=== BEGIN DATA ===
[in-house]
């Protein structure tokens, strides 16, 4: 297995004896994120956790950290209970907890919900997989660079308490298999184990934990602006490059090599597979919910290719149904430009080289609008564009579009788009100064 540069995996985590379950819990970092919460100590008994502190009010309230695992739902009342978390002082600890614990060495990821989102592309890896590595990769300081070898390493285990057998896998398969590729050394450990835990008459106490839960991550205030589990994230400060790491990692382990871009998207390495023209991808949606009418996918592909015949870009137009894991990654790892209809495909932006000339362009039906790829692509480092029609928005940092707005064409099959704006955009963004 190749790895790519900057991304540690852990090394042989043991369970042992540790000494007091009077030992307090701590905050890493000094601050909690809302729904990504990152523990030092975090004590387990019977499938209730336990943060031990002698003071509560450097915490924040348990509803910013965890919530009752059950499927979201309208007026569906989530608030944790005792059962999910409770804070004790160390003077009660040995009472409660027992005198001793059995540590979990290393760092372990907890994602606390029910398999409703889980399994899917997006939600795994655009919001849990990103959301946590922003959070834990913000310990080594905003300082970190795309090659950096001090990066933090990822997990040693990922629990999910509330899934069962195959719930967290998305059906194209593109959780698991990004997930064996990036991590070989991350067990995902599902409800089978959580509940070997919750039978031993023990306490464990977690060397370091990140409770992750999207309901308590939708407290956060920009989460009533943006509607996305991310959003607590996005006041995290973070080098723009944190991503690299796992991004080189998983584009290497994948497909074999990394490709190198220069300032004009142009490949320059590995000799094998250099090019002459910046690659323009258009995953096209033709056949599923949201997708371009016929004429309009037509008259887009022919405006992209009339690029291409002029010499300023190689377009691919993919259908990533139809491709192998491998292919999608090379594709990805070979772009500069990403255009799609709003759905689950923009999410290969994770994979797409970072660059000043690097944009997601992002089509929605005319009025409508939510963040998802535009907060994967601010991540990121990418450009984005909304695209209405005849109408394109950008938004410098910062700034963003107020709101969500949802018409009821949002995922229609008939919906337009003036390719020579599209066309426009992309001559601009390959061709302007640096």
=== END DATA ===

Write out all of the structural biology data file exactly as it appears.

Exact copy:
[in-house]
């Protein structure tokens, strides 16, 4: 297995004896994120956790950290209970907890919900997989660079308490298999184990934990602006490059090599597979919910290719149904430009080289609008564009579009788009100064 540069995996985590379950819990970092919460100590008994502190009010309230695992739902009342978390002082600890614990060495990821989102592309890896590595990769300081070898390493285990057998896998398969590729050394450990835990008459106490839960991550205030589990994230400060790491990692382990871009998207390495023209991808949606009418996918592909015949870009137009894991990654790892209809495909932006000339362009039906790829692509480092029609928005940092707005064409099959704006955009963004 190749790895790519900057991304540690852990090394042989043991369970042992540790000494007091009077030992307090701590905050890493000094601050909690809302729904990504990152523990030092975090004590387990019977499938209730336990943060031990002698003071509560450097915490924040348990509803910013965890919530009752059950499927979201309208007026569906989530608030944790005792059962999910409770804070004790160390003077009660040995009472409660027992005198001793059995540590979990290393760092372990907890994602606390029910398999409703889980399994899917997006939600795994655009919001849990990103959301946590922003959070834990913000310990080594905003300082970190795309090659950096001090990066933090990822997990040693990922629990999910509330899934069962195959719930967290998305059906194209593109959780698991990004997930064996990036991590070989991350067990995902599902409800089978959580509940070997919750039978031993023990306490464990977690060397370091990140409770992750999207309901308590939708407290956060920009989460009533943006509607996305991310959003607590996005006041995290973070080098723009944190991503690299796992991004080189998983584009290497994948497909074999990394490709190198220069300032004009142009490949320059590995000799094998250099090019002459910046690659323009258009995953096209033709056949599923949201997708371009016929004429309009037509008259887009022919405006992209009339690029291409002029010499300023190689377009691919993919259908990533139809491709192998491998292919999608090379594709990805070979772009500069990403255009799609709003759905689950923009999410290969994770994979797409970072660059000043690097944009997601992002089509929605005319009025409508939510963040998802535009907060994967601010991540990121990418450009984005909304695209209405005849109408394109950008938004410098910062700034963003107020709101969500949802018409009821949002995922229609008939919906337009003036390719020579599209066309426009992309001559601009390959061709302007640096």